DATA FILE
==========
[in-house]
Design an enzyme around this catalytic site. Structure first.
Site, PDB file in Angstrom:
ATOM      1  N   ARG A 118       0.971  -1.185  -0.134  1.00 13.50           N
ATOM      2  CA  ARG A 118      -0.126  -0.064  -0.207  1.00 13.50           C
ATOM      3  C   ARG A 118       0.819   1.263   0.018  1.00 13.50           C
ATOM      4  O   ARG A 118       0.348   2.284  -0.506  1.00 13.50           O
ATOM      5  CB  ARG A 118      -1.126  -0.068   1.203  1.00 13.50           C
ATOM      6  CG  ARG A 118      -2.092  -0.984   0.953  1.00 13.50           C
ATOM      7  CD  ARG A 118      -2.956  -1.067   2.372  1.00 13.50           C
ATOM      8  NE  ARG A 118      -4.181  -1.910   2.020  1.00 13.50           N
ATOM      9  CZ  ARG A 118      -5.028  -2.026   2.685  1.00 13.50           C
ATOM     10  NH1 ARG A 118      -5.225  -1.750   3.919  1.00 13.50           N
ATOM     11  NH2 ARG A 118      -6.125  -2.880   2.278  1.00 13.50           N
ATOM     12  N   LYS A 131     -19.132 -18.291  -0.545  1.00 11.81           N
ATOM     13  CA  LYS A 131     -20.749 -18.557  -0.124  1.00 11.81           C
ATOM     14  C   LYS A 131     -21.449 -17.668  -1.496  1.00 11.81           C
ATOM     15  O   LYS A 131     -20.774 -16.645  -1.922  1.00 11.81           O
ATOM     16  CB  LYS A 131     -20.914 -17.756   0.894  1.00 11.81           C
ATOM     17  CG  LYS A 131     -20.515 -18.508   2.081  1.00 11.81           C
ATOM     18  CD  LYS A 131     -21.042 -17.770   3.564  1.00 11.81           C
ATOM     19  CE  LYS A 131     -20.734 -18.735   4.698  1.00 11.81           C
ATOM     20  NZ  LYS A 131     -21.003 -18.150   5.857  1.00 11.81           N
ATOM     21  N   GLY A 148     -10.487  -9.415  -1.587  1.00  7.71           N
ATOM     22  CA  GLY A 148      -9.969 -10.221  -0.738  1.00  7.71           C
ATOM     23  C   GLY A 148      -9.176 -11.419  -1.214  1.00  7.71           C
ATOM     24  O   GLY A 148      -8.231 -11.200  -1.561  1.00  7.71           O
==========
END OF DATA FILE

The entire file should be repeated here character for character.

[in-house]
Design an enzyme around this catalytic site. Structure first.
Site, PDB file in Angstrom:
ATOM      1  N   ARG A 118       0.971  -1.185  -0.134  1.00 13.50           N
ATOM      2  CA  ARG A 118      -0.126  -0.064  -0.207  1.00 13.50           C
ATOM      3  C   ARG A 118       0.819   1.263   0.018  1.00 13.50           C
ATOM      4  O   ARG A 118       0.348   2.284  -0.506  1.00 13.50           O
ATOM      5  CB  ARG A 118      -1.126  -0.068   1.203  1.00 13.50           C
ATOM      6  CG  ARG A 118      -2.092  -0.984   0.953  1.00 13.50           C
ATOM      7  CD  ARG A 118      -2.956  -1.067   2.372  1.00 13.50           C
ATOM      8  NE  ARG A 118      -4.181  -1.910   2.020  1.00 13.50           N
ATOM      9  CZ  ARG A 118      -5.028  -2.026   2.685  1.00 13.50           C
ATOM     10  NH1 ARG A 118      -5.225  -1.750   3.919  1.00 13.50           N
ATOM     11  NH2 ARG A 118      -6.125  -2.880   2.278  1.00 13.50           N
ATOM     12  N   LYS A 131     -19.132 -18.291  -0.545  1.00 11.81           N
ATOM     13  CA  LYS A 131     -20.749 -18.557  -0.124  1.00 11.81           C
ATOM     14  C   LYS A 131     -21.449 -17.668  -1.496  1.00 11.81           C
ATOM     15  O   LYS A 131     -20.774 -16.645  -1.922  1.00 11.81           O
ATOM     16  CB  LYS A 131     -20.914 -17.756   0.894  1.00 11.81           C
ATOM     17  CG  LYS A 131     -20.515 -18.508   2.081  1.00 11.81           C
ATOM     18  CD  LYS A 131     -21.042 -17.770   3.564  1.00 11.81           C
ATOM     19  CE  LYS A 131     -20.734 -18.735   4.698  1.00 11.81           C
ATOM     20  NZ  LYS A 131     -21.003 -18.150   5.857  1.00 11.81           N
ATOM     21  N   GLY A 148     -10.487  -9.415  -1.587  1.00  7.71           N
ATOM     22  CA  GLY A 148      -9.969 -10.221  -0.738  1.00  7.71           C
ATOM     23  C   GLY A 148      -9.176 -11.419  -1.214  1.00  7.71           C
ATOM     24  O   GLY A 148      -8.231 -11.200  -1.561  1.00  7.71           O